The Singer/Songwriters of Second Life

August 31, 2007

Are you leading a Second Life yet?

Second Life (aka SL) is an online 3-D chat world. People sign up (for free) to create little animated characters known as “avatars” to represent themselves in the online world. Then, their little avatars run about this computer-generated world building houses, buying clothes, dressing up and stepping out to clubs and live music venues. It’s amazing and beautiful. If you haven’t experienced it yourself yet, it’s a little hard to imagine.

In the four weeks since my avatar was “born” in Second Life, I’ve been to 100s of concerts. These are live concerts, not pre-recorded streams of music; they are happening as you watch. I can see my animated avatar on my computer monitor (usually in a pretty little party dress and stiletto heels) along with scores of other beautifully dressed people and we’re all watching and listening or dancing to the live music. Up on the stage, singing his songs and playing his guitar or piano or whatever, is the evening’s performer. And somewhere in the world, the real life (RL) musician whose music we’re enjoying is sitting in a home studio strumming his real guitar, singing into a microphone, and streaming his live performance to our virtual club in Second Life.

The real life musician is watching his computer screen, too, and he can see my avatar and the rest of the partyers at the club. He may greet you when you come in the door or comment on someone’s computerized dance moves or thank you for your tip (yes, you tip real money in SL). Did I already say this was amazing?

And there are wonderful singer/songwriters to be found. I’ve picked out a handful of my favorite SL artists to be featured on the Acoustic Pie home page in October/November. These three featured musicians, Dale Marsh (Texas), Dann Russo (Boston/New York), and Clayton (UK) are established professional musicians who, if you can, are definitely worth checking out in the real world as well. I’ve also been astounded by the number of promising young songwriters who seem to be trying out the waters of professional musicianship within the security of the virtual world. Here are a few that I recommend: Avvy Barzane (aka Ed Barber an 18-year-old UK artist), Mel Cheeky (aka Melanie Fudge of Wales), and Natalie Moody (aka Therese Ahs of Sweden).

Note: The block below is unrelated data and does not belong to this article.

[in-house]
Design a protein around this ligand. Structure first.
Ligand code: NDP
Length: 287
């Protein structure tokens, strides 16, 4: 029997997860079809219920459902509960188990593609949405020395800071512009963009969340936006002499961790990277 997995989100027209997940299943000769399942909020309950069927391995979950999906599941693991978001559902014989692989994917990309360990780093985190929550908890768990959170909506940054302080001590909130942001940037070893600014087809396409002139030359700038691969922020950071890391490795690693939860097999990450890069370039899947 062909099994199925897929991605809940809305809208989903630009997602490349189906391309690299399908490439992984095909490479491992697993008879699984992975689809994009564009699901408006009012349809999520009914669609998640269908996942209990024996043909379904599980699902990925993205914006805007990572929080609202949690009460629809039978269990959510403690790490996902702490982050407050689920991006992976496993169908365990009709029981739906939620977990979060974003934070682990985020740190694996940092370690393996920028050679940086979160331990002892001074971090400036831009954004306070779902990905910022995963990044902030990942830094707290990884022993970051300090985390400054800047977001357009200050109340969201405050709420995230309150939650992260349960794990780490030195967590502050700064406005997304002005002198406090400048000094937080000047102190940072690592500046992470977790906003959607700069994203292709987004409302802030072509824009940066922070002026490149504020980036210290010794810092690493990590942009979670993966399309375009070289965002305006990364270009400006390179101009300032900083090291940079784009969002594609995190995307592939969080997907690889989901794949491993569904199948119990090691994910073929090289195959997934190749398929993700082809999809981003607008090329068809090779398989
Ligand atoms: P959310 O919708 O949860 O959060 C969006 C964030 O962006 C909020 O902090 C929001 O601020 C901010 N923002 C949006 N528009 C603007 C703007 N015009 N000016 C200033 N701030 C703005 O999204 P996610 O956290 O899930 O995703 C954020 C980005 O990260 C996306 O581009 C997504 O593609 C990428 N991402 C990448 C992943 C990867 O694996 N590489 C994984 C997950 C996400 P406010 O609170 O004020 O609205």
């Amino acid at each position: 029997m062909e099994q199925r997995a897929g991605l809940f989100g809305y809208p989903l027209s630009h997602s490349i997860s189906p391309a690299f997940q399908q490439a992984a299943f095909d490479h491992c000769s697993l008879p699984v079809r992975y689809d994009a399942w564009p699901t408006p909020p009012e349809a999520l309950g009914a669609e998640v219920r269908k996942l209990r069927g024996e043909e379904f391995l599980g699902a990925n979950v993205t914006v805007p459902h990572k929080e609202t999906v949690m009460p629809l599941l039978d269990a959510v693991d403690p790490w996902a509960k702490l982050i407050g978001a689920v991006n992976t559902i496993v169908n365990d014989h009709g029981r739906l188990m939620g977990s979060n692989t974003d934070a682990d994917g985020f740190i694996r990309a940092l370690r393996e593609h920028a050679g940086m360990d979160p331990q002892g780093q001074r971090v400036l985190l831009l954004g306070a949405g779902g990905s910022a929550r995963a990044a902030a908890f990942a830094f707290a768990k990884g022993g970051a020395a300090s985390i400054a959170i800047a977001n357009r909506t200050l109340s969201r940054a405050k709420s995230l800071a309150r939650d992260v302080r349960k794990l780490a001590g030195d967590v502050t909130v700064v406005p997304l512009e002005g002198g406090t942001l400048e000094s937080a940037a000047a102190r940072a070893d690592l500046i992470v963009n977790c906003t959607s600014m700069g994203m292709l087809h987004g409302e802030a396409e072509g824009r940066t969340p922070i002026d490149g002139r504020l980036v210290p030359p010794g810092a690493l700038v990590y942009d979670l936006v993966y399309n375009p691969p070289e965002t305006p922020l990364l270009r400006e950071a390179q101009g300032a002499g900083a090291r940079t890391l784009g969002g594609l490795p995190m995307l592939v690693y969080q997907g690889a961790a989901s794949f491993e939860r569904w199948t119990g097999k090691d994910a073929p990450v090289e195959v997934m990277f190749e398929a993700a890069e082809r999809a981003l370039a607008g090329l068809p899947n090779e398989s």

Of course, not all of the music is amazing. Your rate of success is probably comparable to blind coffeehouse jumping in a big city. There are a lot of amateurs performing in SL who, I’m afraid to say, have more PC skills than musical talent. And, unfortunately for my particular taste, the cover musicians outnumber the original music by at least 2:1. But teleporting from virtual coffeehouse to virtual arena is as simple as a mouse click.

Playing in SL is free as long as you don’t want any real estate (yes, I’m renting a little beach house now ~ sigh) and are happy with the clothes and hairstyles you can find at the freebie shops. I gave in and pulled out my credit card for the first time after I showed up at a club in the same freebie party dress as another gal (LOL :) ) To get started, you pick out a name, go through a couple of tutorials on how to move about and communicate, then go straight for the SEARCH button to find some great Live Music in Second Life.

Kelley Martin
August 2007
AcousticPie.com

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